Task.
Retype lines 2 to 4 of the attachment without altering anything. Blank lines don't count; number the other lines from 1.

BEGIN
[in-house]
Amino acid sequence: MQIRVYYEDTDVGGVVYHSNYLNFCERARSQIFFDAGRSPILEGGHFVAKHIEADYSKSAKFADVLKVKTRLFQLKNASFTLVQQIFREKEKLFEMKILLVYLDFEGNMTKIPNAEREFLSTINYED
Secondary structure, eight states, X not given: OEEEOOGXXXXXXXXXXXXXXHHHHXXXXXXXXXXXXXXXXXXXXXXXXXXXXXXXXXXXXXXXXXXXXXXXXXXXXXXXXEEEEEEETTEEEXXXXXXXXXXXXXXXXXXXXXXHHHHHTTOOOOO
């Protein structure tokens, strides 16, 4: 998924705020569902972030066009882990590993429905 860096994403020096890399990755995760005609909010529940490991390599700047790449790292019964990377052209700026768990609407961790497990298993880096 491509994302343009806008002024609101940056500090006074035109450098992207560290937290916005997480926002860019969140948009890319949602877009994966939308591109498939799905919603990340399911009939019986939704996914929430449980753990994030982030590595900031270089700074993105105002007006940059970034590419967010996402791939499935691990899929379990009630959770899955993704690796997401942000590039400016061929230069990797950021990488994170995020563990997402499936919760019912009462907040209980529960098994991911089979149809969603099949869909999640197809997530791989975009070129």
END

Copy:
Amino acid sequence: MQIRVYYEDTDVGGVVYHSNYLNFCERARSQIFFDAGRSPILEGGHFVAKHIEADYSKSAKFADVLKVKTRLFQLKNASFTLVQQIFREKEKLFEMKILLVYLDFEGNMTKIPNAEREFLSTINYED
Secondary structure, eight states, X not given: OEEEOOGXXXXXXXXXXXXXXHHHHXXXXXXXXXXXXXXXXXXXXXXXXXXXXXXXXXXXXXXXXXXXXXXXXXXXXXXXXEEEEEEETTEEEXXXXXXXXXXXXXXXXXXXXXXHHHHHTTOOOOO
């Protein structure tokens, strides 16, 4: 998924705020569902972030066009882990590993429905 860096994403020096890399990755995760005609909010529940490991390599700047790449790292019964990377052209700026768990609407961790497990298993880096 491509994302343009806008002024609101940056500090006074035109450098992207560290937290916005997480926002860019969140948009890319949602877009994966939308591109498939799905919603990340399911009939019986939704996914929430449980753990994030982030590595900031270089700074993105105002007006940059970034590419967010996402791939499935691990899929379990009630959770899955993704690796997401942000590039400016061929230069990797950021990488994170995020563990997402499936919760019912009462907040209980529960098994991911089979149809969603099949869909999640197809997530791989975009070129």